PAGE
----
I love historical fiction. The drama, the intrigue and, oh– the fashion. I just assume all the period details regarding clothing are accurate. Or I did until my friend Liz shared it was her secret delight to troll the adult fiction section and find anachronistic apparel. Curious to know how Liz knows all that she does about fashion? Check out her bio in the first post Fashion Hits and Misses from YA Historical Fiction Book Covers.
The jazz age of American history is very popular right now in TV and books. Recent Hub posts like Get Ready for Downton Abbey Season 4 With These Books, The Glamour and Greed of The Great Gatsby and Prohibition Era: Ohio Roots in History and YA Lit highlight our current fascination with the 1920s and 1930s. While imitation is meant as a sincere form of flattery, this only works if the copy is accurate, no matter the intention.
Here are some Young Adult historical fiction novels sent during the Roaring Twenties with covers that try and sometimes fail to reflect accurate costuming/
Set in 1918, bombarded by the war and Spanish Influenza Sixteen-year-old Mary Shelley Black is mistrustful of popular fad spirit photography until a seance takes on personal meaning. This dress is a bit short length-wise, at this time you would expect to see a longer hem. Overall style is decent. The fashion of the time often featured a waist that was accentuated with a belt or sash.
This cotton dress was a gift of Mrs. Edwin Stewart Wheeler in 1956 to The Metropolitan Museum of Art. This costume is not on display and can only be viewed online.
This dress is from the Brooklyn Museum Costume Collection at The Metropolitan Museum of Art. Gifted to the museum in 1955 by Mercedes de Acosta, the garment is made almost entirely of lace and was made to worn over a dark colored garment to highlight the workmanship. This costume is not on display at the museum and can only be viewed online.
Find a variety of other fashion plates online thanks to Costume Institute Fashion Plates of Metropolitan Museum of Art Libraries.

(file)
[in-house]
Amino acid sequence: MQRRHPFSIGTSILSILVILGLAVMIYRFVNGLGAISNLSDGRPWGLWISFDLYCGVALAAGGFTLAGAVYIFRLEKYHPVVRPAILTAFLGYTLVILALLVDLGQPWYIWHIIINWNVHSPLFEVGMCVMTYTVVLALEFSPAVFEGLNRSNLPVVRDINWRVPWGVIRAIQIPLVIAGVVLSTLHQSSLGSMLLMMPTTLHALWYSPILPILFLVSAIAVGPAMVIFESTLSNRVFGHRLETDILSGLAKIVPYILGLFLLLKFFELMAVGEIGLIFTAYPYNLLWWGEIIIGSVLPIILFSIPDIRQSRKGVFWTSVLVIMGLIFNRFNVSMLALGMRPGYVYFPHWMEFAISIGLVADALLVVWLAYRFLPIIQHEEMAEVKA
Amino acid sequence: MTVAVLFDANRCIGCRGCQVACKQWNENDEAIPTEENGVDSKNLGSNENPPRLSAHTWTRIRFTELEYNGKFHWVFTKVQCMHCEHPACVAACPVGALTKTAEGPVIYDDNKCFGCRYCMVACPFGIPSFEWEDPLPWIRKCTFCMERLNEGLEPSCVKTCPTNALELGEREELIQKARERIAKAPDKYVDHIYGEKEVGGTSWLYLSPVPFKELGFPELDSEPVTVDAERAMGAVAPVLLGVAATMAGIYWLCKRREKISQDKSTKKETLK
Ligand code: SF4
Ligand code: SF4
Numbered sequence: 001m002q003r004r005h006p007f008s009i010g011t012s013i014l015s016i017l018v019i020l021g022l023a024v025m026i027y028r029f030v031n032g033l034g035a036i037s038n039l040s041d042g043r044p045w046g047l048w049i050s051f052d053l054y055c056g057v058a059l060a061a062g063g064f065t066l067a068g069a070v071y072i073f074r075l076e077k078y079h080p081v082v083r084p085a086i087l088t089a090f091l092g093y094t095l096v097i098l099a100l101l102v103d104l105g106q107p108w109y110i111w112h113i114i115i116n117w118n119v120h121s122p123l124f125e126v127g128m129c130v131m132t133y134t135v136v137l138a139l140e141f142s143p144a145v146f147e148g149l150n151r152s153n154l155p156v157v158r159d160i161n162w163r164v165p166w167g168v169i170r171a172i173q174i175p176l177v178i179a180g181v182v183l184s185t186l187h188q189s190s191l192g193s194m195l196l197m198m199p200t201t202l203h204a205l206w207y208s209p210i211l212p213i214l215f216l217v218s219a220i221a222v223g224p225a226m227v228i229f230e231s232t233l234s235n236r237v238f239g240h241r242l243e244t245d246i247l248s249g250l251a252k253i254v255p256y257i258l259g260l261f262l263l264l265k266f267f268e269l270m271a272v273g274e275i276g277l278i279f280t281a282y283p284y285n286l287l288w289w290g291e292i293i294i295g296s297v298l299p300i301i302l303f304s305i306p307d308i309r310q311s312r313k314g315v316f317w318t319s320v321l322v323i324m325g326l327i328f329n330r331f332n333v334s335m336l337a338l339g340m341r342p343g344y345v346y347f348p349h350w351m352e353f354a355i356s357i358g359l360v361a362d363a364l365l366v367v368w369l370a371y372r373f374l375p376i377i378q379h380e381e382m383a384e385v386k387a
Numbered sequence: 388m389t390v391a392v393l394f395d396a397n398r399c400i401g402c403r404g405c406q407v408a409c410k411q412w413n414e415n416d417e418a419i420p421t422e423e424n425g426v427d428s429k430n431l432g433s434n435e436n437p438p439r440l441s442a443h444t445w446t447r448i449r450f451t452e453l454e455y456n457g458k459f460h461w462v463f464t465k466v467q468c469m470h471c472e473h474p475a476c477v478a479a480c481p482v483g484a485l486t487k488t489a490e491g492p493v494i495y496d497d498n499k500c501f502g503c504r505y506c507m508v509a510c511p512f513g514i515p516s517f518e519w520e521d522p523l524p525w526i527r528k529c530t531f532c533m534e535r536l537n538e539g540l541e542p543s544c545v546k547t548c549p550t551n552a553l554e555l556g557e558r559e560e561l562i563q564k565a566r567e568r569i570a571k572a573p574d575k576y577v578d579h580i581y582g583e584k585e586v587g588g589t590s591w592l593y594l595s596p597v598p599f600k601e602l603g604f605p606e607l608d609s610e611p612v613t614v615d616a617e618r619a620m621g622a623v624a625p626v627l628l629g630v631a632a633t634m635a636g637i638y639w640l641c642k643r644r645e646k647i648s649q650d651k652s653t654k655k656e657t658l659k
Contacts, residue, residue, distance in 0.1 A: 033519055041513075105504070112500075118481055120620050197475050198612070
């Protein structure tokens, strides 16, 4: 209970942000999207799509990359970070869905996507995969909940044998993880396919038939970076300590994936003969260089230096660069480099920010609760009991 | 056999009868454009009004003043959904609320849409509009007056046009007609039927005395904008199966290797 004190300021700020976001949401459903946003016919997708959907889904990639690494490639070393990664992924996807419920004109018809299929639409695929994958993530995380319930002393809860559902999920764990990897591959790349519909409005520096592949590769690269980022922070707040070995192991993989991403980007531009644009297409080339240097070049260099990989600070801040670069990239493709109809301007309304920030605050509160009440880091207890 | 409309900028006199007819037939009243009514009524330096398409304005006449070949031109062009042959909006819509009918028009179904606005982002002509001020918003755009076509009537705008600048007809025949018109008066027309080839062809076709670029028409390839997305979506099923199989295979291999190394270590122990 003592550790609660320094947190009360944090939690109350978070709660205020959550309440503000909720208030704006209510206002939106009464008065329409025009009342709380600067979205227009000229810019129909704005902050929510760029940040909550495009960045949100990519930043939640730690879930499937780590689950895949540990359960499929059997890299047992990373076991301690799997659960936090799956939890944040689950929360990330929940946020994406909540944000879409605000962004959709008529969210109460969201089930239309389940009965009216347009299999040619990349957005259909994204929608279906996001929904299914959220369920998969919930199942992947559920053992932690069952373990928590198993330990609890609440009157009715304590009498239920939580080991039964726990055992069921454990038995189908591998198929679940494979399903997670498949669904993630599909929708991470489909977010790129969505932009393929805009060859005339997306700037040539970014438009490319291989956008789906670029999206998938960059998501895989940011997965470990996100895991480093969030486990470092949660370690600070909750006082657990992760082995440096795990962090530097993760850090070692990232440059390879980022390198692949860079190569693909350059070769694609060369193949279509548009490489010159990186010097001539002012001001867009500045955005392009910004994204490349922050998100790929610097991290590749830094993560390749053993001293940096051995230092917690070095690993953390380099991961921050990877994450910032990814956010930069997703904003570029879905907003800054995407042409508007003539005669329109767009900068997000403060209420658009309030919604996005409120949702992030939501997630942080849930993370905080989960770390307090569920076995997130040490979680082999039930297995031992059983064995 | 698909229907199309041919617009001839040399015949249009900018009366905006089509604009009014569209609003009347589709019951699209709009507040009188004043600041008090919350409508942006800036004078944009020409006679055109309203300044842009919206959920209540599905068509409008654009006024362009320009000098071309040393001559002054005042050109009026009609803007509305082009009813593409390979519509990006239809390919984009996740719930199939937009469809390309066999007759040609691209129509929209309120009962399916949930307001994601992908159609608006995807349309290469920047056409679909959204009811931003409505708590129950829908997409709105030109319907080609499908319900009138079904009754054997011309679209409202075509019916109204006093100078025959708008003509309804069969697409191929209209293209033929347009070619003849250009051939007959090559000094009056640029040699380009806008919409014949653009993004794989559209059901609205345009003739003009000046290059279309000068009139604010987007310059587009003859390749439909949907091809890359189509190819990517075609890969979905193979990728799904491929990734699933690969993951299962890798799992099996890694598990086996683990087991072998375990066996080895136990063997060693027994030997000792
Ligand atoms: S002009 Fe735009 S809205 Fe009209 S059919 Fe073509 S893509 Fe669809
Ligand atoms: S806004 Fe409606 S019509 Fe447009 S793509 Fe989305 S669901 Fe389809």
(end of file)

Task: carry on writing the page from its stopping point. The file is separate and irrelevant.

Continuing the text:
Miss: The Flappers series by Jillian Larkins (A Jazz Party for the Books)
Think Gossip Girl set in 1920s Chicago and you have Flappers. Cigarettes and cropped hair dos are as prevalent as sultry secrets and social climbers. While each new novel may leave readers clambering for more drama and romance, the covers are sadly uninspired. Set during the Roaring Twenties, you’d expect to see drop-waists and knee length skirts. But these covers feature girls in empire waist dresses and straight skirts. With the focus on socialites and soirÃ©es, much of The Flappers takes place during cocktail hour. “The cocktail affair generally took place between six and eight p.m. Cocktail garb, by virtue of its flexibility and functionality, became the 1920s uniform for the progressive fashionable elite.” Problematically, Vixen shows a 1930s Garden party costume. Nothing about the cover is from the 1920s. Ingenue isn’t a complete miss since the cover doesn’t show enough to really critique. Flapper outfits were made to catch the light and the attention of other partygoers. The dark, drab attire hardly seems festive. Diva is a near miss in terms of accuracy. The jewelry and hair style are good examples of 1920s fashion. Even the textiles used for the dress are appropriate for the time but the style is wrong.
This silk and rhinestone dress from France has a column shape that was common for the time. The details are in an Art Deco style and close-ups of the embellishments can be see online.
Any flapper would feel grand in this bedazzled dressed designed for maximum shine. Decked out in sequins, it is the polar opposite of both the ready to wear costume seen on In The Shadow of Blackbirds and the strangely tailored dress from Diva. Designed by Edward Molyneux, this fabulous frock was a gift to The Metropolitan Museum of Art from Mrs. Adam Gimbel in 1942.
For more images of correct costuming check out the Pinterest page Fashion History: 1920-1930 The Museum at FIT, Fashion Institute of Technology.
More in this series:
-Laura C Perenic, currently reading A Feast for Crows by George R.R. Martin
You may also like:
Latest posts by Laura Perenic (see all)
- YA Lit Dream Interpretation: Spiders - May 28, 2015
- YA Lit Dream Interpretation: Snakes - April 23, 2015
- 2015 Morris Award: An Interview with Finalist Len Vlahos - January 29, 2015